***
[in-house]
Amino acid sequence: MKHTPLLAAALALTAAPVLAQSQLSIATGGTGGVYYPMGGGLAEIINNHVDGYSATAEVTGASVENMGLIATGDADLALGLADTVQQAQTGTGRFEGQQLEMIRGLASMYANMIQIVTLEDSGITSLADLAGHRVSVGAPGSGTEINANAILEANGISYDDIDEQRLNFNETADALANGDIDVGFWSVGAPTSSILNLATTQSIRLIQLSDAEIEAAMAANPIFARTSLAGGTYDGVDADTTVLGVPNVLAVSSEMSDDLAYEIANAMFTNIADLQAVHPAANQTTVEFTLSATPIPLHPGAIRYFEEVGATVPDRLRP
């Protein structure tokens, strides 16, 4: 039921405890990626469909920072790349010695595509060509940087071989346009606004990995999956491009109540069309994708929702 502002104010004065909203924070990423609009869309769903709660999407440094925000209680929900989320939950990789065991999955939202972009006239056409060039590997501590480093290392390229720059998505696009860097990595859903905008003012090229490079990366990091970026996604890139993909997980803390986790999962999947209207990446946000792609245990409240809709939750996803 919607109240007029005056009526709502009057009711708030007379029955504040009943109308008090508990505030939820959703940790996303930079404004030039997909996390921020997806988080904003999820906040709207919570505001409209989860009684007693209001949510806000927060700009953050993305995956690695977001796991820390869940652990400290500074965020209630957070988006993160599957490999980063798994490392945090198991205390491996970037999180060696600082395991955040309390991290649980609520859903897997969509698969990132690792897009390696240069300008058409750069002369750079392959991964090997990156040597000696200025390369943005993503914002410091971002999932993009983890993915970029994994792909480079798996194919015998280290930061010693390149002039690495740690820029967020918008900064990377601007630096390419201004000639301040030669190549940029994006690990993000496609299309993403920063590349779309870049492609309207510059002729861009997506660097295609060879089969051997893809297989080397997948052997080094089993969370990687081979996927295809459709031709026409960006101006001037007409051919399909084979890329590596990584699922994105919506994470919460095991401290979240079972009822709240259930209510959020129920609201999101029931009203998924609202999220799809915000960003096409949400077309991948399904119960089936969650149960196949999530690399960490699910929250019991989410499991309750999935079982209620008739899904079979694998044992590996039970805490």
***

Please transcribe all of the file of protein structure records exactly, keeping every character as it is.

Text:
[in-house]
Amino acid sequence: MKHTPLLAAALALTAAPVLAQSQLSIATGGTGGVYYPMGGGLAEIINNHVDGYSATAEVTGASVENMGLIATGDADLALGLADTVQQAQTGTGRFEGQQLEMIRGLASMYANMIQIVTLEDSGITSLADLAGHRVSVGAPGSGTEINANAILEANGISYDDIDEQRLNFNETADALANGDIDVGFWSVGAPTSSILNLATTQSIRLIQLSDAEIEAAMAANPIFARTSLAGGTYDGVDADTTVLGVPNVLAVSSEMSDDLAYEIANAMFTNIADLQAVHPAANQTTVEFTLSATPIPLHPGAIRYFEEVGATVPDRLRP
């Protein structure tokens, strides 16, 4: 039921405890990626469909920072790349010695595509060509940087071989346009606004990995999956491009109540069309994708929702 502002104010004065909203924070990423609009869309769903709660999407440094925000209680929900989320939950990789065991999955939202972009006239056409060039590997501590480093290392390229720059998505696009860097990595859903905008003012090229490079990366990091970026996604890139993909997980803390986790999962999947209207990446946000792609245990409240809709939750996803 919607109240007029005056009526709502009057009711708030007379029955504040009943109308008090508990505030939820959703940790996303930079404004030039997909996390921020997806988080904003999820906040709207919570505001409209989860009684007693209001949510806000927060700009953050993305995956690695977001796991820390869940652990400290500074965020209630957070988006993160599957490999980063798994490392945090198991205390491996970037999180060696600082395991955040309390991290649980609520859903897997969509698969990132690792897009390696240069300008058409750069002369750079392959991964090997990156040597000696200025390369943005993503914002410091971002999932993009983890993915970029994994792909480079798996194919015998280290930061010693390149002039690495740690820029967020918008900064990377601007630096390419201004000639301040030669190549940029994006690990993000496609299309993403920063590349779309870049492609309207510059002729861009997506660097295609060879089969051997893809297989080397997948052997080094089993969370990687081979996927295809459709031709026409960006101006001037007409051919399909084979890329590596990584699922994105919506994470919460095991401290979240079972009822709240259930209510959020129920609201999101029931009203998924609202999220799809915000960003096409949400077309991948399904119960089936969650149960196949999530690399960490699910929250019991989410499991309750999935079982209620008739899904079979694998044992590996039970805490």